OMG, SUN! Blue sky, few clouds, a delightful day. It looks like spring. Well, spring with mud anyway. The crocuses even popped out for a little look.
Today was a tad hectic. I say ‘tad’ because I’ve had hectic days which make today look like a doddle – bumping into a small theatre in Orange springs to mind. But to my new sedate life, it was hectic enough.
Yesterday I tried to book our usual taxi to take me and poodles to the kennel but I was told they had nothing until 10.30. Why? it wasn’t a special day today. Unless someone hadn’t told me something. Obviously the grossly unsettling news must have infused my voice because the helpful taxi operator (who sounds about 12) gave me another number to call. This proved successful (whew, I exploded) and I ordered a cab to be here at 9am this morning.
From 8, Day-z knew something was up. She started pacing the house, looking confused. Actually, she generally looks confused but she only paces when she thinks something’s afoot. I don’t know how. Carmen just sleeps. Any opportunity she misses, is a sleep she’ll never get, as far as she’s concerned. I tried asking Day-z what she thought was going on but the only reply I received was an increase in her pacing.
The taxi arrived at 9 on the dot and, after a brief ‘I told you so’ look from Day-z, it was on with the lead and out the door. Of course they get all excited when they are to get into a car and it takes a lot to calm them down while I adjust the towel on the seat for them to sit on. This done, they then leapt into the taxi and sat on my lap and on the small bit of backseat without towel on it.
At the kennel they were very pleased to see the girl who took them away, without a backward glance. Obviously they could sense there was tripe in the offing. The taxi driver remarked on how compliant they were. His King Charles spaniels, he said, hated even a whiff of kennel. I told him about the tripe and he understood immediately.
Back at home, I had time to wash the kitchen floor (without pesky poodles poking their noses and paws in) before heading out for the Talking Newspaper.
In the park, the new playground has taken on the appearance of a battle zone. Holes, broken rubble and mud everywhere; huge machines blocking the path. The playthings looked a bit odd in the middle but it promises a lot in the way of tiny adventure and fun. Anyway, because of the big truck parked on the path, I had to walk all the way around, off the all weather path and into the squelchy, muddy grass. A nuisance but, apparently, necessary.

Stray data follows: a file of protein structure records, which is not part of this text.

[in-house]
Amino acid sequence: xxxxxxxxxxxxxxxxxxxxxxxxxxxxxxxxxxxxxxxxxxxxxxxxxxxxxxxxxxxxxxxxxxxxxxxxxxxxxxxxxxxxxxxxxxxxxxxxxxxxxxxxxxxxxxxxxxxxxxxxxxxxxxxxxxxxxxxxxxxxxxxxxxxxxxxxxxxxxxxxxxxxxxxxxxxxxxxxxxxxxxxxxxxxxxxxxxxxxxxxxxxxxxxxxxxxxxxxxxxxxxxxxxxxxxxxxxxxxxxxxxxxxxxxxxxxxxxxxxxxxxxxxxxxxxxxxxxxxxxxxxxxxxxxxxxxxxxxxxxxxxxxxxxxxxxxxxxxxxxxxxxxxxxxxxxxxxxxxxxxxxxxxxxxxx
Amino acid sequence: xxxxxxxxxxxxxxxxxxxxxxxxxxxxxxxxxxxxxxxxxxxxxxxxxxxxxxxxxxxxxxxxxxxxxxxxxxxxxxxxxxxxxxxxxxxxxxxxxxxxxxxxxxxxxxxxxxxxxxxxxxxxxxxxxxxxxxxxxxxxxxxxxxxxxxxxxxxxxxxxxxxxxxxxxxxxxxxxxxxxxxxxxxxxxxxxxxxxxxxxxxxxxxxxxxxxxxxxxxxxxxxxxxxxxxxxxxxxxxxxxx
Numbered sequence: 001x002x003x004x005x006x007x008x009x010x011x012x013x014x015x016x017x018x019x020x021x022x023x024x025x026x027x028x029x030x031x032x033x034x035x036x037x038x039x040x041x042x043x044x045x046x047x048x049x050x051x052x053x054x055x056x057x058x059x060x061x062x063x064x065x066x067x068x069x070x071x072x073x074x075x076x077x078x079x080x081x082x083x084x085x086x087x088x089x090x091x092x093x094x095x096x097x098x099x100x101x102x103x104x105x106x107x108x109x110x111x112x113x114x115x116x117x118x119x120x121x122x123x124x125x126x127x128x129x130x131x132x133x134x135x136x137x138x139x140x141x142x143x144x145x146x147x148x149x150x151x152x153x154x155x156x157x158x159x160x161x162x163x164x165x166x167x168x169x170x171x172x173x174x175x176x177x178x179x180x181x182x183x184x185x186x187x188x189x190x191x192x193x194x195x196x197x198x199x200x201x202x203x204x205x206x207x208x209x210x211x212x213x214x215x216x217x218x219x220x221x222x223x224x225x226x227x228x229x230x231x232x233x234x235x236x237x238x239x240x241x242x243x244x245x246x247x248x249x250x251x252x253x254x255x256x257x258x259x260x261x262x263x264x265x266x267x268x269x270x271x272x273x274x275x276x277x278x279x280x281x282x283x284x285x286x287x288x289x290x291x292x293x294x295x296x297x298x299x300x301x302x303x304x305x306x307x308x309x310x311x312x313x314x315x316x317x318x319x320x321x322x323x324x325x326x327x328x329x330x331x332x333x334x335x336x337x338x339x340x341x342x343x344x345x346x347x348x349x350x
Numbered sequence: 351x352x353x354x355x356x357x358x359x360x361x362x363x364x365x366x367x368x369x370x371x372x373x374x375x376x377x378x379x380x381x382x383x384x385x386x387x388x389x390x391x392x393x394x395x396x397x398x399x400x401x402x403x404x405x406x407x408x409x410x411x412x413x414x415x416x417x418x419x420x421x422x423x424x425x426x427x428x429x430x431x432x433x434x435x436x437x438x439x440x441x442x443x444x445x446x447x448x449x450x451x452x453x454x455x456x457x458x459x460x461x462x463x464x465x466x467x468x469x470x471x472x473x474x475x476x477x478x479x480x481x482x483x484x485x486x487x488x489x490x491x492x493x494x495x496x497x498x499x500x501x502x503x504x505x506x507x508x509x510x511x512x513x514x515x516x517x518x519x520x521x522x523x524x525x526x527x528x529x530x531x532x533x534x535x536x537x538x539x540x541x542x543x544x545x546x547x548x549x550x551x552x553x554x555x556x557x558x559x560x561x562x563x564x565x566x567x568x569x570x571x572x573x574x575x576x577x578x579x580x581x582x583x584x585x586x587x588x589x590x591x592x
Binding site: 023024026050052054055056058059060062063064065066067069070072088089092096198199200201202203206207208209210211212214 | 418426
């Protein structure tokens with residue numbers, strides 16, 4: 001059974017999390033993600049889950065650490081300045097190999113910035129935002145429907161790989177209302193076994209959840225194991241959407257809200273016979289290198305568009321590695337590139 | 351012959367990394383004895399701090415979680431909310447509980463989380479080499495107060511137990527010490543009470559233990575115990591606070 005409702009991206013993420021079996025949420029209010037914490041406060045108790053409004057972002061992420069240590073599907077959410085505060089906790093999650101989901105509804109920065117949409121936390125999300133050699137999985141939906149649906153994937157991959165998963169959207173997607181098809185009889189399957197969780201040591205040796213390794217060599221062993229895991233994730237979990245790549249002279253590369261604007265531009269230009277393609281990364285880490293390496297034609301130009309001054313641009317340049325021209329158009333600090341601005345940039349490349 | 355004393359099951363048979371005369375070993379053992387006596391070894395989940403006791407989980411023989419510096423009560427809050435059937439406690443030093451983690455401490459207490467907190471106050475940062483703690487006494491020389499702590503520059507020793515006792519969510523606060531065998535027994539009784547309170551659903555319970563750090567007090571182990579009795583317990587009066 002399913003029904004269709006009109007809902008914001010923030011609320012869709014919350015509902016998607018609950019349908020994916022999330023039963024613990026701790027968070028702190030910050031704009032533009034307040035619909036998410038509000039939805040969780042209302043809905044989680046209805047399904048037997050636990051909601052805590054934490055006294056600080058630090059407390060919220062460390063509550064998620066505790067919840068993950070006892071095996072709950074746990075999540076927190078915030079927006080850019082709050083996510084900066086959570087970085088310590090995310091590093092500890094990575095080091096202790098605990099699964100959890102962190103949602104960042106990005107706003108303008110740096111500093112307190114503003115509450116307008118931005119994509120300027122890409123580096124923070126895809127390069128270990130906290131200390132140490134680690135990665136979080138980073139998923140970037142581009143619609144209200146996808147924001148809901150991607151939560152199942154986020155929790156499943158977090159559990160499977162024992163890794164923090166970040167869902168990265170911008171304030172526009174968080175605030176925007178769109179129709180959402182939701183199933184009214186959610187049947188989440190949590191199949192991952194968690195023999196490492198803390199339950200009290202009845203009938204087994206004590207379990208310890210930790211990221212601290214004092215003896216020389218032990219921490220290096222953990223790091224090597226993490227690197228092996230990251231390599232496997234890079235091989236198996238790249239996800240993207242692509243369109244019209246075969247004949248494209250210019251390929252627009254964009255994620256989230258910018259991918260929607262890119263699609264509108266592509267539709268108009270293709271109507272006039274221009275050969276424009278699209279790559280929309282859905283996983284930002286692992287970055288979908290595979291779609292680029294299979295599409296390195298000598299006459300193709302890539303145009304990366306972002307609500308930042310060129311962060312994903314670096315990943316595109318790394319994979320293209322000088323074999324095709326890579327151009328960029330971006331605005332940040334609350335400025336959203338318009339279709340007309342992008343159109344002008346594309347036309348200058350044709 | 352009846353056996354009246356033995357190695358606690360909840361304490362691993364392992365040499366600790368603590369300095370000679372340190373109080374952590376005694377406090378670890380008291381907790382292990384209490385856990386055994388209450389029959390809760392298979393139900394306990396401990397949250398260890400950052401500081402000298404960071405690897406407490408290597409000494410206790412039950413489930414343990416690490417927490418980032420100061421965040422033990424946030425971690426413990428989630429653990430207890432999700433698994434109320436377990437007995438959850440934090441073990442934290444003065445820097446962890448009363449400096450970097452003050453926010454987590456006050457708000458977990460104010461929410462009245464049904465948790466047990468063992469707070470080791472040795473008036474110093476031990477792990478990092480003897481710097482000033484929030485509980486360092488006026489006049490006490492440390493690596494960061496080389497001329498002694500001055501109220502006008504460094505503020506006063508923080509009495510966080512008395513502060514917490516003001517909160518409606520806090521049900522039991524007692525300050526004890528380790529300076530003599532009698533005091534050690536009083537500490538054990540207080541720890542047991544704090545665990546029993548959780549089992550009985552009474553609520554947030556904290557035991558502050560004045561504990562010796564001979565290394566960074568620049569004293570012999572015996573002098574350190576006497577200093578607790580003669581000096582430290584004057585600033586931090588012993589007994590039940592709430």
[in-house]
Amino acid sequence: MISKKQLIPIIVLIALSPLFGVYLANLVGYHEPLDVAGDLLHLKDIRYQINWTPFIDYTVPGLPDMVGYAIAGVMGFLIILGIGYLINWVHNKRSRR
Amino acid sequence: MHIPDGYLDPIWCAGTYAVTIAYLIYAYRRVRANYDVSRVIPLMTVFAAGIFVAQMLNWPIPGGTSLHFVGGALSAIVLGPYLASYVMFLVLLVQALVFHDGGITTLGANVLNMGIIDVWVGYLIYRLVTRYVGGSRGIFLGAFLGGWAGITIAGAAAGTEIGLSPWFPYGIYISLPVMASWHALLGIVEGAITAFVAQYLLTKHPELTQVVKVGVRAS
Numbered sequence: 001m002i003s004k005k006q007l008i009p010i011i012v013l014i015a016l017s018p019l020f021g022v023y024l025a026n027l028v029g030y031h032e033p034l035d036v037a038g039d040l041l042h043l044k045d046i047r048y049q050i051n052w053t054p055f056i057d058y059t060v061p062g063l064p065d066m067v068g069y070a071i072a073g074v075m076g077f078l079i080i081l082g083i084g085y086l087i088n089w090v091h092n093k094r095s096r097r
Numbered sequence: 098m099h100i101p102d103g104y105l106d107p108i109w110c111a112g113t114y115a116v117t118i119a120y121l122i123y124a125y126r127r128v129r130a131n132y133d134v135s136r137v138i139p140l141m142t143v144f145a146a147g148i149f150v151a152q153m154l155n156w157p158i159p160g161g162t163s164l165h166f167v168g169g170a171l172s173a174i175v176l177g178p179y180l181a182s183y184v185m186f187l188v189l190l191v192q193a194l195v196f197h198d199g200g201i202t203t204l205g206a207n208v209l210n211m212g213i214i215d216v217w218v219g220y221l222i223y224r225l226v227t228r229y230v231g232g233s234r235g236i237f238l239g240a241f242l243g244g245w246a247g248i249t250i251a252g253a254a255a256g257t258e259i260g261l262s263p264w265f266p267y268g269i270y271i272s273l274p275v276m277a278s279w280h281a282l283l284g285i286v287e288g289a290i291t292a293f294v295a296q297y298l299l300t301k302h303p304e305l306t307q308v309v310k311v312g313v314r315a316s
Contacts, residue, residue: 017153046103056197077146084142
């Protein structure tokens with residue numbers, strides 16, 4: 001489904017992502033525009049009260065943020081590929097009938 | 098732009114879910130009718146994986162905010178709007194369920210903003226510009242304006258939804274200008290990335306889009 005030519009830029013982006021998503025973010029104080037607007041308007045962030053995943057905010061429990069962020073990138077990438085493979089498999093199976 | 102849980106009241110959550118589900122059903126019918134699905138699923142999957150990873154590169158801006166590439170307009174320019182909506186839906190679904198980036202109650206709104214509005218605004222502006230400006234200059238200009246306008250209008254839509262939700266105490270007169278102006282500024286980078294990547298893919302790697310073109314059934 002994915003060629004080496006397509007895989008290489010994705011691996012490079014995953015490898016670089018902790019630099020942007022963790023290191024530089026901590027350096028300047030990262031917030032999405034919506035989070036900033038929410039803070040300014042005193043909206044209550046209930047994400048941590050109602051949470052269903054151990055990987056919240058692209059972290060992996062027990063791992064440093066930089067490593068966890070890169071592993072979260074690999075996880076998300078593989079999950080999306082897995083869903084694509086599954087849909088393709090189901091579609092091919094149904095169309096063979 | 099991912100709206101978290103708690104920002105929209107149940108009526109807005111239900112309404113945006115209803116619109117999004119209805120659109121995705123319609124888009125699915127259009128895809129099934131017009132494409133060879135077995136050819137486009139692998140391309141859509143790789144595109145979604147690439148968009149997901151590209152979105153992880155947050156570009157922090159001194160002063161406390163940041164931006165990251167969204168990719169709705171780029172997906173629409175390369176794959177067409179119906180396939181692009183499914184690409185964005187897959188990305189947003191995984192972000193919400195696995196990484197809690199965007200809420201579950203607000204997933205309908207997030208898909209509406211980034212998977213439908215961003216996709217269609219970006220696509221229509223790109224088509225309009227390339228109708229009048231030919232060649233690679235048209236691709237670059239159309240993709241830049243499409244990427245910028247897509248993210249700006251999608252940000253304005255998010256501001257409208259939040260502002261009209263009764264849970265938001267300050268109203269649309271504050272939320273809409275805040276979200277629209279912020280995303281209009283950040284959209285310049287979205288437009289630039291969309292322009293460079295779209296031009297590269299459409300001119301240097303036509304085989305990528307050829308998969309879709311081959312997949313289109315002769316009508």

At the Talking Newspaper, I was happily ensconced in my editing duties when Tony turned up. He’s the secretary and was the person who put me through my training session. He’d popped in, I thought, to say hi to one of the presenters who hadn’t been around for a while. Then he bent over next to where I was sitting and whispered in my ear “Can I have a word in private please, Gary.“
I knew I was in trouble. I’d been too cheeky; taken too many liberties in my readings; some blind person had objected to my irreverence. I was ready to take it on the chin and apologise. I can tone down, I’d say. I can toe the party line and not say rude words like ‘nipple’. Trust me, I’m an actor!
We went into the kitchen and I prepared to take my medicine.
“We had a meeting the other night,” he started, meaning the committee, “And we wondered if you’d like to be a presenter. We all think you’d be terrific.“
I was stunned. And pleased. And relieved.
“Well, yes, I’d love to,” I found myself saying. “Thank you.“
It was then a case of telling everyone and being patted on the back and congratulated by all and sundry. Returning to my editing was slightly difficult with this news flashing around my head, thinking of all the extra things I’d have to do and the responsibility of running the show. However, I managed to finish and we all went into the studio to record.
I had a piece this week about a ‘fromage’ day at a school in Haslemere. The kids, as part of an introduction to French class, had to taste French cheeses and the photograph featured five young girls with big cheesy grins – as the piece said, they all cried ‘FROMAGE’ as the photo was taken. Part of the piece was in French which I had a good go at and before the next section, Judy, the presenter, said how well I did with the French. Given I wasn’t the next to speak and we were doing the letters to the editor, I didn’t really feel I could say anything but then I hit on an idea.
At the end of every Talking Newspaper, we all say goodbye, one at a time, after being introduced by the presenter. I sat waiting for my turn.
JUDY: So now it’s goodbye from Rosemary…
ROSEMARY: Good bye.
JUDY: And goodbye from Gary…
GARY: Au revoir!
And then the studio erupted in hysterics. They managed to splutter out the rest of the goodbyes and ended the recording still laughing. Of course I apologised, asking if they wanted to do the farewells again but Judy insisted it was great and Di claimed the listeners would love it. So it stayed in. I’m very naughty.
Last night, when I spoke to Mirinda, she insisted that I drop in to the Hop Blossom on my way home from the Talking Newspaper so, obeying my wife, I tried. Alas, it was closed! I was devastated. How could I hope to appease my wife?
Fortunately the Nelson Arms was open and I had a lovely pint of Winchester Ale in there instead. Mirinda was right, it was a lovely way to finish my volunteering. And celebrate my good news.